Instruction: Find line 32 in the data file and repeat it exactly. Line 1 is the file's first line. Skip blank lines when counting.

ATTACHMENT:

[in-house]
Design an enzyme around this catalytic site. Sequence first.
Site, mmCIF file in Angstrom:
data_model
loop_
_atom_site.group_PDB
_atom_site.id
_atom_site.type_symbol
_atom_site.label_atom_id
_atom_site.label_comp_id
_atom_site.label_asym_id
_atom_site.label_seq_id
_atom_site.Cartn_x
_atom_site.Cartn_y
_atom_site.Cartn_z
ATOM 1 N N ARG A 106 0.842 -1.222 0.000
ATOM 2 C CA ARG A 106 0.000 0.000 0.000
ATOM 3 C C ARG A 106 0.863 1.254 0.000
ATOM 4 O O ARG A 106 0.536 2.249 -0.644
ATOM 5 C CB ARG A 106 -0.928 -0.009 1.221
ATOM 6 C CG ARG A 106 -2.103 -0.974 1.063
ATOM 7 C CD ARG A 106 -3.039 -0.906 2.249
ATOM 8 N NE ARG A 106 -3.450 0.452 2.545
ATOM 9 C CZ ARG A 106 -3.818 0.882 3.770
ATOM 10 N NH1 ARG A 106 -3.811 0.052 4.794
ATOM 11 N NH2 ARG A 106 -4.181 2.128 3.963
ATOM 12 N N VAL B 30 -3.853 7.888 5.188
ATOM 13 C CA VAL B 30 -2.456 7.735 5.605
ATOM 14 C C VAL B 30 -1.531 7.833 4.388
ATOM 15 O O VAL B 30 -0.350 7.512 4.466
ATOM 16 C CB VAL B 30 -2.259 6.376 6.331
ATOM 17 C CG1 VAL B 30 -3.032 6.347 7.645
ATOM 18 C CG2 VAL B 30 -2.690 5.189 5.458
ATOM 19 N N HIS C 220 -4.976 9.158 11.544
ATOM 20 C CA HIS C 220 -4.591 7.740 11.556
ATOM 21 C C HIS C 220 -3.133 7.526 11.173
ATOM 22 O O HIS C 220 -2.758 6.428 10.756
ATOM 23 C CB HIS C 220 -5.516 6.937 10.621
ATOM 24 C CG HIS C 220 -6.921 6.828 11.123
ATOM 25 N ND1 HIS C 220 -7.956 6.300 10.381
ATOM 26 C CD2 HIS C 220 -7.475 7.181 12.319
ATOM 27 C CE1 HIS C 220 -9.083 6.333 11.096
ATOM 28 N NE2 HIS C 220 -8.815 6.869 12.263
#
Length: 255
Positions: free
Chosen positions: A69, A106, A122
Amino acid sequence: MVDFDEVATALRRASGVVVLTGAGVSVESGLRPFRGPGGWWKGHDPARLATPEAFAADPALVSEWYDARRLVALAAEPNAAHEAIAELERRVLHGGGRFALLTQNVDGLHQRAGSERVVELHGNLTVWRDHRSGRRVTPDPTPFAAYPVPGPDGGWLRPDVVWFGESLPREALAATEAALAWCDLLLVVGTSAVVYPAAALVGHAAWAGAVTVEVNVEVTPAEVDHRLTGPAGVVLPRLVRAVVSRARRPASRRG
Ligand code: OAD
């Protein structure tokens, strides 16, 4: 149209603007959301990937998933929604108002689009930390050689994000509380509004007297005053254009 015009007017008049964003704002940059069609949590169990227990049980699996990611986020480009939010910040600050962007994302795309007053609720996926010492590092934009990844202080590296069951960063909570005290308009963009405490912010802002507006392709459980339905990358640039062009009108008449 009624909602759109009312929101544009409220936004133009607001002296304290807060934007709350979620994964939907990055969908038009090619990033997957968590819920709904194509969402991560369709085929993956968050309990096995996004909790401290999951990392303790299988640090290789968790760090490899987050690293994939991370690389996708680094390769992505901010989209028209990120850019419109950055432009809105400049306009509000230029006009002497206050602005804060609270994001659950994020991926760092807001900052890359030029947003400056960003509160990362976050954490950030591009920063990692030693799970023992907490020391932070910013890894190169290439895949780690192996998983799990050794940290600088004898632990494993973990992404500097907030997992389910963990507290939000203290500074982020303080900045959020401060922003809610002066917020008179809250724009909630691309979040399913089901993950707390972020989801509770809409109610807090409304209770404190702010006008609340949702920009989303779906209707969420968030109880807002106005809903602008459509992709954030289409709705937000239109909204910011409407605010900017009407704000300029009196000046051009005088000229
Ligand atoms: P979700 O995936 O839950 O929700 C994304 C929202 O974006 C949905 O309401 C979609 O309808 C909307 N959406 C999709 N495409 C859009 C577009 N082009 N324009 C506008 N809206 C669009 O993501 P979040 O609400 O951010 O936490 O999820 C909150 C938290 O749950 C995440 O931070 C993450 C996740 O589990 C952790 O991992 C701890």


ATOM 17 C CG1 VAL B 30 -3.032 6.347 7.645